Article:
At this time of year (or rather a few weeks ago if they weren’t drowning under a pile of work) technology bloggers all around the world make predictions about the coming year, and reflect upon the predictions they made the previous year. Looking back on my previous predictions I can’t help but realise how slowly the world of technology moves.
Last year’s predictions
1. N97 takes Nokia back to the top of the pile. Unfortunately I have only come across one person with an N97 in the past year, Apple and its apps continue to beguile everyone in their path.
2. Distributed social networks will shrink Facebook traffic. Unfortunately Google Wave launched too late in the year, and with too many problems, for it to make any real impact. But the notion of a distributed system has been well and truly planted in people’s minds.
3. Project Kangaroo will hit UK desktops.The legal watching of video online is increasing, with new entrants in the market such as Blinkbox, but unfortunately Project Kangaroo fell foul of the Competition Commission.
4. The general public continue to ignore QR codes. Despite my pessimism QR codes have actually started to creep into some unexpected places. For example, the University of Bath in numerous places, including their library catalogue. Whilst they have become more popular than I imagined, they are still ignored by most of the public.
5. No Google alternative will emerge. Yahoo Search closes up shop, Bing has more money than sense, and Google marches on.
This year’s predictions-On a similar theme
1. iPhone + Augmented Reality = Increased Market Share. I hate the iPhone because if you want to install anything on an iPhone you have to check it’s OK with Apple first, for which they will take 30% cut of the price of the app. Unfortunately the centralised app-store is the reason so many people like it. It simplifies the process of downloading new applications, and as we see an increase in glossy augmented reality mobile applications the iPhone will continue to be perceived as the obvious choice.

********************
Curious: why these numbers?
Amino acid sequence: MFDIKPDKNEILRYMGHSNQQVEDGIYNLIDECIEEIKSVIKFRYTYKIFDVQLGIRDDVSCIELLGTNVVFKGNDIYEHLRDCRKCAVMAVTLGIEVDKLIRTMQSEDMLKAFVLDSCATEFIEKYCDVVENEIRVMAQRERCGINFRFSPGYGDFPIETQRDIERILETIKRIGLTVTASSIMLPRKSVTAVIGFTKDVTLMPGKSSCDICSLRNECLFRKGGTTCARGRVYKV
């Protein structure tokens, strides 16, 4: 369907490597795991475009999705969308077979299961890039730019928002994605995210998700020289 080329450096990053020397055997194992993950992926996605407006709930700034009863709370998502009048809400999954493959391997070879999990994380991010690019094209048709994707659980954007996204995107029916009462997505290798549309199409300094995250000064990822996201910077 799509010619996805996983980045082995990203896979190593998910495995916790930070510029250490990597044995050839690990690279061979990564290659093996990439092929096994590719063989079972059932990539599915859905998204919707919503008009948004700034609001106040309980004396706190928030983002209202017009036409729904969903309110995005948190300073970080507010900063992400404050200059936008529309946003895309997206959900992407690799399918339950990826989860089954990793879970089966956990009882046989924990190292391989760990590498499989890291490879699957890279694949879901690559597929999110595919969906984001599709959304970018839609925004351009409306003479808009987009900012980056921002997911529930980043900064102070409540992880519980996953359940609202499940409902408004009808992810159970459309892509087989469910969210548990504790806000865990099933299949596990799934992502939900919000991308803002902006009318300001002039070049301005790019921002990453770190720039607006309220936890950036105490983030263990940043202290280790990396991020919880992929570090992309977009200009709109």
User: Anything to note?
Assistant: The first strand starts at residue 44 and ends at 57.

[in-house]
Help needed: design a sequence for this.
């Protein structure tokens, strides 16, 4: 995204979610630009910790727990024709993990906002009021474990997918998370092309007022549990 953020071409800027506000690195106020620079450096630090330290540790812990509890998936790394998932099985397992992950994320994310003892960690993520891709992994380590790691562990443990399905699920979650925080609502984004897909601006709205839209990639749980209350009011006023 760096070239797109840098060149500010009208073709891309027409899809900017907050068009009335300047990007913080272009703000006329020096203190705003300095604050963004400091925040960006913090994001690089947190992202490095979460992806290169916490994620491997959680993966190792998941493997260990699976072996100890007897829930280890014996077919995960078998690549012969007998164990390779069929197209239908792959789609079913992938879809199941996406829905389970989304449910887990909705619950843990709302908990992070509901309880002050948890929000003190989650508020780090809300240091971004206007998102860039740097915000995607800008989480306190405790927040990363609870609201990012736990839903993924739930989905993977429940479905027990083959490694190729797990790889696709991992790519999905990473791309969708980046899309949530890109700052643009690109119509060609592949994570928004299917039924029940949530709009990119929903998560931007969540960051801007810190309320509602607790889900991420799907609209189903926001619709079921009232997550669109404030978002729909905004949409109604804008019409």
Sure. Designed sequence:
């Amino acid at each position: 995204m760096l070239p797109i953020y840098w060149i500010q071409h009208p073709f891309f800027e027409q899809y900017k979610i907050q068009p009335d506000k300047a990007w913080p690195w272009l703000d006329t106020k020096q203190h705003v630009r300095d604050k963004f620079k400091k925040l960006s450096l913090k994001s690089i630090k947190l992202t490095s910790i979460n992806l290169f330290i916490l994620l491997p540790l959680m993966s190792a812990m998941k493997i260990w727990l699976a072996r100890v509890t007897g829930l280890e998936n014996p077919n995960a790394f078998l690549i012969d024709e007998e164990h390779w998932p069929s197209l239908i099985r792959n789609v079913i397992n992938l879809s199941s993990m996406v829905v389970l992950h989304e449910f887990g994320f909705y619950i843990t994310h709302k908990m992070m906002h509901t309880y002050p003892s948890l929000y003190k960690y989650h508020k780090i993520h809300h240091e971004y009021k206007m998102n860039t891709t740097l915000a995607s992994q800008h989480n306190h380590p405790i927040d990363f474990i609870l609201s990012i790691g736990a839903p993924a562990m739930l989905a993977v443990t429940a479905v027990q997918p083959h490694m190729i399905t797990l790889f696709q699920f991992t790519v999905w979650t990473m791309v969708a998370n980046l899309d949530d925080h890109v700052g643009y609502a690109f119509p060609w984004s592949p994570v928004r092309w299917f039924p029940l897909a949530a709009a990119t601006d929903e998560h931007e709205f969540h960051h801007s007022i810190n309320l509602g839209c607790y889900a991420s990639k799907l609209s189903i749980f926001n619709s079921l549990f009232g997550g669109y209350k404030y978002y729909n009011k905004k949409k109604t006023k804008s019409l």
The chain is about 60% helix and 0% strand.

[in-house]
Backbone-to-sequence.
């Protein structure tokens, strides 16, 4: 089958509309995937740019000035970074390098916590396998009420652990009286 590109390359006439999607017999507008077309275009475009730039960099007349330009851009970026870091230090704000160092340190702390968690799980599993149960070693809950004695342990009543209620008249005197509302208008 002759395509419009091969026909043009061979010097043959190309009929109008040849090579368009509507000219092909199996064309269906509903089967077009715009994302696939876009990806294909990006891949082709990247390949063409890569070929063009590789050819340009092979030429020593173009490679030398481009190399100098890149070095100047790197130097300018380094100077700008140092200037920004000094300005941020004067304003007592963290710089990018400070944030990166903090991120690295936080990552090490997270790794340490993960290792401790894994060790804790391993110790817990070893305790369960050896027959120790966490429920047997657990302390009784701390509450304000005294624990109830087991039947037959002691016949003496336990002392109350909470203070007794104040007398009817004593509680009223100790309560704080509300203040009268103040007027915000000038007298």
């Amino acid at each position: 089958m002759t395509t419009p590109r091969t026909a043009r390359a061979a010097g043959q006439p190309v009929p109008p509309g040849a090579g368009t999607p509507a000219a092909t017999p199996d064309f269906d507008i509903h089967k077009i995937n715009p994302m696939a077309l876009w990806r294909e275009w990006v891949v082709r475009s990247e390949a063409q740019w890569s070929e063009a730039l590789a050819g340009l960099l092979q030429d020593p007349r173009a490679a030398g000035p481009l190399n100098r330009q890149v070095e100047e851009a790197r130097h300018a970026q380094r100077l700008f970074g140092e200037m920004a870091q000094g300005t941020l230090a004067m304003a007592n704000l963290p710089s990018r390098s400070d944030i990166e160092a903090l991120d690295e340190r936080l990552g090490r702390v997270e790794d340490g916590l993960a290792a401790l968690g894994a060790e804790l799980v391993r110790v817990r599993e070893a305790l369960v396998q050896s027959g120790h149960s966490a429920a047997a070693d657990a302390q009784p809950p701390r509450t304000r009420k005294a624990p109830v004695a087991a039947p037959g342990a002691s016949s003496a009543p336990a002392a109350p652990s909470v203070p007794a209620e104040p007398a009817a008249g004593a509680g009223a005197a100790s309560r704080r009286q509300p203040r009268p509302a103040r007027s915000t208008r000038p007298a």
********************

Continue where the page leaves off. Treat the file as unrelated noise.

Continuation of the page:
2. Google Wave takes off. Despite hating Google, I’m backing Google Wave for two reasons: i) We need something better than email, ii) I really want to see an open distributed system. It still has a lot of teething problems, but nothing that can’t be overcome.
3. Project Canvas fails. Project Kangaroo failed because of the complaints of Murdoch, and I’m sure Project Canvas will as well, especially if we see a Tory government after the next election.
4. No change in search. Market share will stay the same and no one will embrace the potential of the wisdom of the crowd. Search strikes me as one of the more antiquated areas of the web, with little real innovation occurring. I think things will start to change in 2011, if the semantic web takes a foothold this year.
5. The year of the Semantic Web. After years of talk, I have the feeling that this could be the one where we start to see the semantic web making an impact both through the opening up of large data sets, and the marking up of web pages with microformats. As someone who is fed up with poking and tweeting, I’m looking to the semantic web to inject a bit of life into the web.
As for Twitter, I don’t really care. I’m bored of it now.